This is the Blog of Andy Yourglivch bringing you Art, Culture, Literature, Music and Poetry direct from Norwich. A Fine City full of Fine Arts. To see a world in a grain of sand, and a heaven in a wildflower... hold infinity in the palm of your hand, and eternity in an hour...
Sunday, 26 February 2012
The New York Philharmonic at The Barbican
The programme consisted of Feria - Magnus Lindberg, Piano Concerto No.2 - Bartok and Symphony No.5 - Prokofiev. With Alan Gilbert conducting and Lang Lang the soloist on Bartok's Piano Concerto No.2 this was always going to be a thrilling night and it proved to be.
The concert opened with Feria from the Orchestra's Composer in Residence Magnus Lindberg. The word feria is Spanish for an outdoor festival or fair which is portrayed in this piece of music. A wonderful celebration to began this special night.
Lang Lang is a global superstar and it was brilliant for me to see him live. He has inspired 40 million classical piano students in China and has made it his mission to broaden the reach of classical music around the world. Bartok's Piano Concerto No.2 was completed in 1931 as a companion piece to No.1 which audiences found difficult. No.2 was similar in style but lighter for audiences to enjoy. After a stunning performance of this piece from Lang Lang we were treated to an encore of Paganini/Liszt La Campanella.
After the interval there was a dramatic performance of Prokofiev's Symphony No.5 from Alan Gilbert and the New York Philharmonic which was full of live. A symphony of the grandeur of the human spirit as Prokofiev would say. This piece was composed in 1944 and was greatly enjoyed by the large audience. There was an encore of Bernstein's Candide overture which was a splendid finish to the evening as New York made it's mark on the City of London.
Wednesday, 15 February 2012
I Was Glad to be at St. Peter Mancroft Church
The programme consisted of The Clock Symphony - Haydn, Aria - Handel, Dear Lord and Father - Parry, Lux Aeterna - Elgar, Jerusalem - Parry, Faint with Love - Hawes, Love's Echo - Hawes, The Seals Lullaby - Whitacre, The Bluebird - Stanford, Quanta Qualia - Hawes, Blessed Pair of Sirens - Parry and I Was Glad - Parry.
One of the country's most popular and inspirational composers Patrick Hawes was in attended on the evening to make this a truly special night. Haydn's Clock Symphony is called this because of the ticking rhythm throughout the second movement and was a wonderful way to commence the concert. Veronica Grint gave a splendid performance of Handel before a trio of songs took us to the interval included a rousing version of Jerusalem which had the audience on their feet.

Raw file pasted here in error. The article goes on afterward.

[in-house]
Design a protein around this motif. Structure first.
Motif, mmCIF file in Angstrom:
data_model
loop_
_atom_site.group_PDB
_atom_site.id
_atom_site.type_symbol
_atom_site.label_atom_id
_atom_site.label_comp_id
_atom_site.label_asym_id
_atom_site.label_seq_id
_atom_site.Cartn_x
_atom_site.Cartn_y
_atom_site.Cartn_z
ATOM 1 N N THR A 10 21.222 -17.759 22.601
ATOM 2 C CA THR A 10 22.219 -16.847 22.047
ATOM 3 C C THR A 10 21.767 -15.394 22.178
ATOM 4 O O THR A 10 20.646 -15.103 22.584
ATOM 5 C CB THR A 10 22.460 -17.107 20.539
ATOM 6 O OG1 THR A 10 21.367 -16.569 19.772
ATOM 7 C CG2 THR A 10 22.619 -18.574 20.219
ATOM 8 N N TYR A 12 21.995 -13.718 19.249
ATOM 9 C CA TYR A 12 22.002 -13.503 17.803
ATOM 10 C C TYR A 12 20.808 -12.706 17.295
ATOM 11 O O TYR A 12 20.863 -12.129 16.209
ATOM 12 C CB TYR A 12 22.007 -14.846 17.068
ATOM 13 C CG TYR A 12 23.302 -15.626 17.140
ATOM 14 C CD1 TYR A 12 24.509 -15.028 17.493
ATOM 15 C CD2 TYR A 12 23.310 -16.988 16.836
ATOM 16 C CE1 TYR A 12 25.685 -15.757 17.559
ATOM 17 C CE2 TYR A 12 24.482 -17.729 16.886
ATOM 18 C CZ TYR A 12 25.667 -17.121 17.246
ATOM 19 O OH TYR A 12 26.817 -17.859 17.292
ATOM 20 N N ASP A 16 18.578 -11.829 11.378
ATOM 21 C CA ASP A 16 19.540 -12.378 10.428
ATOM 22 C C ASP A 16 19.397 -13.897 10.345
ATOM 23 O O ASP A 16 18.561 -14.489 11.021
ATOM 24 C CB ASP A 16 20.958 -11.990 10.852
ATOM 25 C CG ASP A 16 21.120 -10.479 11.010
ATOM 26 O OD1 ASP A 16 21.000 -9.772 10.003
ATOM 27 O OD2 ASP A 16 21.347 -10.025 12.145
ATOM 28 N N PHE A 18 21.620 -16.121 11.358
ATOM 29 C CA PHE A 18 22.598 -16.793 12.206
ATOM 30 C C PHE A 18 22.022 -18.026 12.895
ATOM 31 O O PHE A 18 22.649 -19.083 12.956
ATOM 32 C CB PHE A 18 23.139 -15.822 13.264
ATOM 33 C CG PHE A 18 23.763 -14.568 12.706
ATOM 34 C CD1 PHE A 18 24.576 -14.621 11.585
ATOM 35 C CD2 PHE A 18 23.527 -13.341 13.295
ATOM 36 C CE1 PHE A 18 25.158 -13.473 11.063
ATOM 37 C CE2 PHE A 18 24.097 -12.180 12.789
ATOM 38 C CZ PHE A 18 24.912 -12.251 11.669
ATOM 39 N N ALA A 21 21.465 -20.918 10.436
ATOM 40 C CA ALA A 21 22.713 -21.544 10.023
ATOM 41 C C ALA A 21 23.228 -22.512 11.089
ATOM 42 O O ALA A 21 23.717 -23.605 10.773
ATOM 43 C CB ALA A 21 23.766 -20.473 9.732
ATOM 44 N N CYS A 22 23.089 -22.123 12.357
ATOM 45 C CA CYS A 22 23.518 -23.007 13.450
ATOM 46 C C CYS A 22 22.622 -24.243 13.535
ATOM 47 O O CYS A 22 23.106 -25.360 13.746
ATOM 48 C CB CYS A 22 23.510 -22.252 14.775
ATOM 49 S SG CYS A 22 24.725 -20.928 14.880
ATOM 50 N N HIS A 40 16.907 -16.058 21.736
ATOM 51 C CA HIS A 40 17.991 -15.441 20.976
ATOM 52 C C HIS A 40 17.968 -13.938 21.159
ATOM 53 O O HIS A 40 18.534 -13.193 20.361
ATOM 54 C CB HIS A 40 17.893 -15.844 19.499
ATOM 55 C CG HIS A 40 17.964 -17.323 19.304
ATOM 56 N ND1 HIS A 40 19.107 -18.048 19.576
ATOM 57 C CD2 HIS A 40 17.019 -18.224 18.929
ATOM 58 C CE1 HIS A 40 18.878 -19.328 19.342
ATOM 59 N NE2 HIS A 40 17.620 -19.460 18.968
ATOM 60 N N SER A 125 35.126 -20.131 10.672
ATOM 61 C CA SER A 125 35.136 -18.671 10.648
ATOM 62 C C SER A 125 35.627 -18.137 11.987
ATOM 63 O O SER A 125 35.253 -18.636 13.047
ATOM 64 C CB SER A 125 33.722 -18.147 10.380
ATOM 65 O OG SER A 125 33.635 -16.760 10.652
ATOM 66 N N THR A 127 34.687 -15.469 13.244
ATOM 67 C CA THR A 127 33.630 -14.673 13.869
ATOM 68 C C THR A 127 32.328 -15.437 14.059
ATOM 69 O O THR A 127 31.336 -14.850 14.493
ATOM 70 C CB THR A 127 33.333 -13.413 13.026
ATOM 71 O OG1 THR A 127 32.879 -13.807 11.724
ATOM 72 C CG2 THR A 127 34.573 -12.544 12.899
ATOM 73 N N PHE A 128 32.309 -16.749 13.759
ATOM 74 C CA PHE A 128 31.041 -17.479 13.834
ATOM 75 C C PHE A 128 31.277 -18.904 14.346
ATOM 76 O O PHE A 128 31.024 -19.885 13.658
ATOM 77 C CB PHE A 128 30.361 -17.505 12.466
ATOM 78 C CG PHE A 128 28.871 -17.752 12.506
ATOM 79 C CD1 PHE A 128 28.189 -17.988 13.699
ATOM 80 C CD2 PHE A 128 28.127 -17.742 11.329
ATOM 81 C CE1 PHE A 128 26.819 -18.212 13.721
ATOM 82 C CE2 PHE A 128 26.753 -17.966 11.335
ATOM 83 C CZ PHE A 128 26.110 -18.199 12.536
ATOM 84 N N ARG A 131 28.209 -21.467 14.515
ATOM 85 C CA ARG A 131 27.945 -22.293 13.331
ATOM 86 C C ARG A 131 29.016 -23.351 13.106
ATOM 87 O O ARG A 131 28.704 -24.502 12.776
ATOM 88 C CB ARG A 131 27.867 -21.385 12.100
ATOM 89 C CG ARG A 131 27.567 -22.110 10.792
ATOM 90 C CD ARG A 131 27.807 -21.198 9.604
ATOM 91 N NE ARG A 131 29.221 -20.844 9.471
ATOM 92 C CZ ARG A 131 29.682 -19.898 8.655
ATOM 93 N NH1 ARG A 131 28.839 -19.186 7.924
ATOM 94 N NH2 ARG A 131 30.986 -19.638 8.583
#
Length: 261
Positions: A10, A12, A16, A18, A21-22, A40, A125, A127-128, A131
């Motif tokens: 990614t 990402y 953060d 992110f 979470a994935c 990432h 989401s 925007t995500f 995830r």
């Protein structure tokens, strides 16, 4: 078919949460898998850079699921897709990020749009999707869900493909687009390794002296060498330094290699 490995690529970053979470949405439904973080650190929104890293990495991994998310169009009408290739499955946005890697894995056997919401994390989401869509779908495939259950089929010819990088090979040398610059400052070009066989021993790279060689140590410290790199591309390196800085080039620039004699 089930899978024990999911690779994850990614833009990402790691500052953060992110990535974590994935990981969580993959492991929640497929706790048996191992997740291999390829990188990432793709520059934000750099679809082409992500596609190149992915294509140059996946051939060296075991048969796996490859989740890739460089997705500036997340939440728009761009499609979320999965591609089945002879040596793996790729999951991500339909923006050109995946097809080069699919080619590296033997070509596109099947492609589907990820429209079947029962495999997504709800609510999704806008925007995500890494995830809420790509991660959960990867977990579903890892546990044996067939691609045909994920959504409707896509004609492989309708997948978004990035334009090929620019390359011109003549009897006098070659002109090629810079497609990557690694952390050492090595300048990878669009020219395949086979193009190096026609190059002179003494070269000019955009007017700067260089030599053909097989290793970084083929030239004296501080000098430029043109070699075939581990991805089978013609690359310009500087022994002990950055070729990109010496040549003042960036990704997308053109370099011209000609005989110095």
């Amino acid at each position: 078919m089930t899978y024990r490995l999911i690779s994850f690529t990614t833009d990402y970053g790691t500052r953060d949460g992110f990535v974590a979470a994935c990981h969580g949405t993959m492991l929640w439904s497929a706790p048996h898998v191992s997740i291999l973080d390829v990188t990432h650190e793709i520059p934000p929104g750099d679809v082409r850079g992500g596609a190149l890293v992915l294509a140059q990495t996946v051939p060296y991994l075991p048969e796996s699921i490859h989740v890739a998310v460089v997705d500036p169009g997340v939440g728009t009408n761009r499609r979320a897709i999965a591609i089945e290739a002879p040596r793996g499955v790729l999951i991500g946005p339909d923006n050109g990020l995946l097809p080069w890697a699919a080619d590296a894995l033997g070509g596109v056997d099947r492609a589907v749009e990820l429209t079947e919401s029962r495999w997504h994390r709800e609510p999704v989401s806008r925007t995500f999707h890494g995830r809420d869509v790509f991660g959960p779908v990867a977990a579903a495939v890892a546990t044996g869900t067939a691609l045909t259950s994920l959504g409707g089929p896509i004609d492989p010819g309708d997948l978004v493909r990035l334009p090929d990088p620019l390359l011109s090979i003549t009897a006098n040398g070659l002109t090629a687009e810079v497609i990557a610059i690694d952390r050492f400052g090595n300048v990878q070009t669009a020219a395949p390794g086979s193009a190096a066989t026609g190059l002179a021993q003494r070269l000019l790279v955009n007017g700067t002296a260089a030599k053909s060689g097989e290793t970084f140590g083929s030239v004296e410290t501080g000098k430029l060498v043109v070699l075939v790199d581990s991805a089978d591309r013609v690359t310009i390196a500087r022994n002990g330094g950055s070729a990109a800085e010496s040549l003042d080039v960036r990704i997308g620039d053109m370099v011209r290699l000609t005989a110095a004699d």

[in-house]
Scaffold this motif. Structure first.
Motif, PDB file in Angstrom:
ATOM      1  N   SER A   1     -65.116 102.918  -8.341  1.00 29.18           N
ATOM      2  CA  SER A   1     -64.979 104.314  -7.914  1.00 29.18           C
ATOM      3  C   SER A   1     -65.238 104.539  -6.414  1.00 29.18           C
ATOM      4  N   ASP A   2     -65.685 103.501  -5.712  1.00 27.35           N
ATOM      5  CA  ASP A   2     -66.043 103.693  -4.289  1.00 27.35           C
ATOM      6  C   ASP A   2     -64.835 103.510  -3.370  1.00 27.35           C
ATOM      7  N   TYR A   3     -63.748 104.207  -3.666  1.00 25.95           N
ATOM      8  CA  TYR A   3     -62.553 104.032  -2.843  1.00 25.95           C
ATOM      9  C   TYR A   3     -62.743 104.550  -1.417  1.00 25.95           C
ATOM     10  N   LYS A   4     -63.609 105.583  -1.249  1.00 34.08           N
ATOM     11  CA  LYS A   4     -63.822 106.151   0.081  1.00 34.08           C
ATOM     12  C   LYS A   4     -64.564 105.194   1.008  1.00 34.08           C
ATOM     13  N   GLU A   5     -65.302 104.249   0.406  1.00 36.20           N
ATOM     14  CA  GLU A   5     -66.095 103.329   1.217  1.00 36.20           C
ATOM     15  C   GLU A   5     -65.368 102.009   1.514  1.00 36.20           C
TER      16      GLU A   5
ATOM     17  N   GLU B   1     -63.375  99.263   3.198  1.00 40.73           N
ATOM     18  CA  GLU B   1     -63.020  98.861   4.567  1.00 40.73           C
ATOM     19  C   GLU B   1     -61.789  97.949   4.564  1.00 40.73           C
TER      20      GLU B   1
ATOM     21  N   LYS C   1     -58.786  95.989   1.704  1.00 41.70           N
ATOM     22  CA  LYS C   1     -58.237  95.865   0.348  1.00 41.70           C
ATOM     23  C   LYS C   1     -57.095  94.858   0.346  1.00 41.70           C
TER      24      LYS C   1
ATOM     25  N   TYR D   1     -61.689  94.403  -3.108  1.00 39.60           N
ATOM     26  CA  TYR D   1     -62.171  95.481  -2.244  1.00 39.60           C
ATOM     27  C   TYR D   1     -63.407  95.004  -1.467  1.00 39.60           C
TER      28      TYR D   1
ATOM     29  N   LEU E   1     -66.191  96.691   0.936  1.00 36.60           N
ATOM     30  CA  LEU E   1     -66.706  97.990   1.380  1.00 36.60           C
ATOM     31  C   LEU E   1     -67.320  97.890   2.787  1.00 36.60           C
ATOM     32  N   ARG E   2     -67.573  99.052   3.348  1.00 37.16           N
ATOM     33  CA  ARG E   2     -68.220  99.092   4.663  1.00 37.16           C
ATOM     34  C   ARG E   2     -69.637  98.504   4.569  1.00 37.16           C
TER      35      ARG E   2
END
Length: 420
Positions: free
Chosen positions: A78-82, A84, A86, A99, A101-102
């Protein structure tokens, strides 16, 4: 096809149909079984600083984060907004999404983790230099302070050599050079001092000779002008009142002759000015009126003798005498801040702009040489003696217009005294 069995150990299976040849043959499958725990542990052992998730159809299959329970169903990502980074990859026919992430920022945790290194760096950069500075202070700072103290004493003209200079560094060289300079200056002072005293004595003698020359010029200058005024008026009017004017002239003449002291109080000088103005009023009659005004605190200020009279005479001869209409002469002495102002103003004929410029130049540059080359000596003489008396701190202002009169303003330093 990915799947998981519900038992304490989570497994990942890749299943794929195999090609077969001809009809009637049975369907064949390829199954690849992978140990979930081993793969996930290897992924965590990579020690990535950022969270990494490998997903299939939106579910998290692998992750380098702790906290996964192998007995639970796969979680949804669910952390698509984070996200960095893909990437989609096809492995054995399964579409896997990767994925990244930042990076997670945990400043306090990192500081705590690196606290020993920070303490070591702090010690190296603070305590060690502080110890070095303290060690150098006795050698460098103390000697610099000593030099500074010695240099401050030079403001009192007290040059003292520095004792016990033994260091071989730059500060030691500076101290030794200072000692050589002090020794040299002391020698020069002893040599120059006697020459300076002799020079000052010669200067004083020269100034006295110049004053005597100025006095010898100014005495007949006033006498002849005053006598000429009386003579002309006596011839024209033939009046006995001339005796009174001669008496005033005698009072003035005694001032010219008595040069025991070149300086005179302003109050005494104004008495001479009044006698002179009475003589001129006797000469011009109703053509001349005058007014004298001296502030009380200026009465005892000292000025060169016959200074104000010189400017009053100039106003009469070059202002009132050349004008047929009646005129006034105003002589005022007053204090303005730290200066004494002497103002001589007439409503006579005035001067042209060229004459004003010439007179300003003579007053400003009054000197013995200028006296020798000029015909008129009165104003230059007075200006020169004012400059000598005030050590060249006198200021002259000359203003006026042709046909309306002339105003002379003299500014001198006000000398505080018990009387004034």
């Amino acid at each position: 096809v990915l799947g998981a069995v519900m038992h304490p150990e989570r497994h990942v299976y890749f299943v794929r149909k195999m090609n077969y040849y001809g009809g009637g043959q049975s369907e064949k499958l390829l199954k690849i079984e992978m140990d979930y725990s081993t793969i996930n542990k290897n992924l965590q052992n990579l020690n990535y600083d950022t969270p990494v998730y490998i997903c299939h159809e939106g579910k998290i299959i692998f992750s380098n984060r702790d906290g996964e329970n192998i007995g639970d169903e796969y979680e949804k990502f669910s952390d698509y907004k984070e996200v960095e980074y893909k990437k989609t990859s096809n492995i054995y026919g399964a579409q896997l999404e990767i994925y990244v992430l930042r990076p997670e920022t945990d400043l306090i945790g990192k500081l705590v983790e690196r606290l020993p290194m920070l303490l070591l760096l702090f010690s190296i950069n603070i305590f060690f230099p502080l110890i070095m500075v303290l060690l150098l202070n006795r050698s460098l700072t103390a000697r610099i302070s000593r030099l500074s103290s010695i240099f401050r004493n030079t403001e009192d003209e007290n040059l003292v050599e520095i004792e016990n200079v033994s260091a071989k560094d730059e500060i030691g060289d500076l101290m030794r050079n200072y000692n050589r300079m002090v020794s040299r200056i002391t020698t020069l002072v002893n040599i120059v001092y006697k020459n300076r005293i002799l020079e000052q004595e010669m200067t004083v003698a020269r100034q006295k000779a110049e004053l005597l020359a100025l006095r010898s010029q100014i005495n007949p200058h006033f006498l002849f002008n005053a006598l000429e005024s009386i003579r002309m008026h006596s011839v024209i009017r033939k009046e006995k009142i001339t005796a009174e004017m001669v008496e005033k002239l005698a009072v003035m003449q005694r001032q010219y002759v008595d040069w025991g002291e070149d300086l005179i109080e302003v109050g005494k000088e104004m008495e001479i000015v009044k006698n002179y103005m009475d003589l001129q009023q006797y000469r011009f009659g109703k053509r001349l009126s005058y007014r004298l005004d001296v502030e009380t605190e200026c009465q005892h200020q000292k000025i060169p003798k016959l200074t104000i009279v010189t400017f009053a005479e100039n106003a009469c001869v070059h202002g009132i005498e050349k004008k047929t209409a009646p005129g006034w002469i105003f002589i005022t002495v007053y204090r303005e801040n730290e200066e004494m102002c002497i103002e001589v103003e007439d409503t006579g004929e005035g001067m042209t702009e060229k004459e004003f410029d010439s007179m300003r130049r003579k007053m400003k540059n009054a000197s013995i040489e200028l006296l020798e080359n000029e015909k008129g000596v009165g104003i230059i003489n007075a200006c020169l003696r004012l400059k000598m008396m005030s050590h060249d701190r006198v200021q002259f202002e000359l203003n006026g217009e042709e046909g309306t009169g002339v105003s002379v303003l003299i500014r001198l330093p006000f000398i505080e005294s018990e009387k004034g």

After the interval Patrick Hawes witnessed three of his own compositions which were performed to the highest standard by the Norwich Music Group and Sonia Waters. Faint with Love, Love's Echo and Quanta Qualia are all wonderful pieces that delighted us all at St. Peter Mancroft Church. The evening came to an end with two classic compositions from Parry. Blessed Pair of Sirens and I Was Glad which are always a delight to listen too and especially on an evening like this.
Lunchtime Music at Norwich Assembly House
The programme consisted of Pastoral - Bliss, Sonatina - Horovitz, Two Majorcan Pieces - Horovitz, Dear Old Stockholm - Fryxell, Autumn Leaves - Kosma, Beautiful Love - Young, King and Van Alstyne, Everything Happens to Me - Dennis and My Favorite Things - Rodgers.
This was a wonderful concert at Norwich Assembly House that attracted a large audience on a cold Friday lunchtime. The concert started with music for clarinet and piano from Bliss and Horovitz while the second half was very jazz influenced with a fine performance of My Favorite Things from The Sound of Music to finish the concert in splendid style.
Tuesday, 14 February 2012
Madama Butterfly at Norwich Theatre Royal
With Elena Dee as Cio-Cio-San (Madama Butterfly) and Andriy Perfilov as Lieutenant F B Pinkerton along with the Orchestra being conducted by Gheorghe Stanciu this was always going to be a special night at Norwich Theatre Royal.
A young Japanese girl, Cio-Cio-San of Nagasaki decides to marry Lieutenant Pinkerton of the American Navy the man she loves. Pinkerton sees this marriage as a short-lived adventure while Cio-Cio-San's love knows no boundaries.
The marriage broker Goro shows Pinkerton around the home he will share with Butterfly and warns him about the tragic consequences his game could have. Pinkerton ignores the warning and the marriage ceremony begins. The unexpected appearance of her Uncle Bonze unnerves the guests. He utters blasphemies against the girl who has denied the ancient customs. Uncle Bonze leaves taking all the guests with him leaving the two lovers alone at last. They sing of their love binding them together into a serene and endless happiness.
Cio-Cio-San lives with her devoted friend and servant Suzuki. Pinkerton left the country promising to return in one year but three years later he has still not returned. Consul Sharpless brings Cio-Cio-San a letter announcing the expected arrival of an American ship but he does not have the heart to tell her Pinkerton has remarried, especially when she introduces him to her and Pinkerton's son.
A cannon announces the ship's arrival and Cio-Cio-San embellishes her house with flowers. Suzuki and the child sleep and only Cio-Cio-San is awake listening to the Marines' chorus. She retires to her bedroom exhausted. Meanwhile Sharpless and Pinkerton enter the house while Pinkerton's new wife Kate waits in the garden.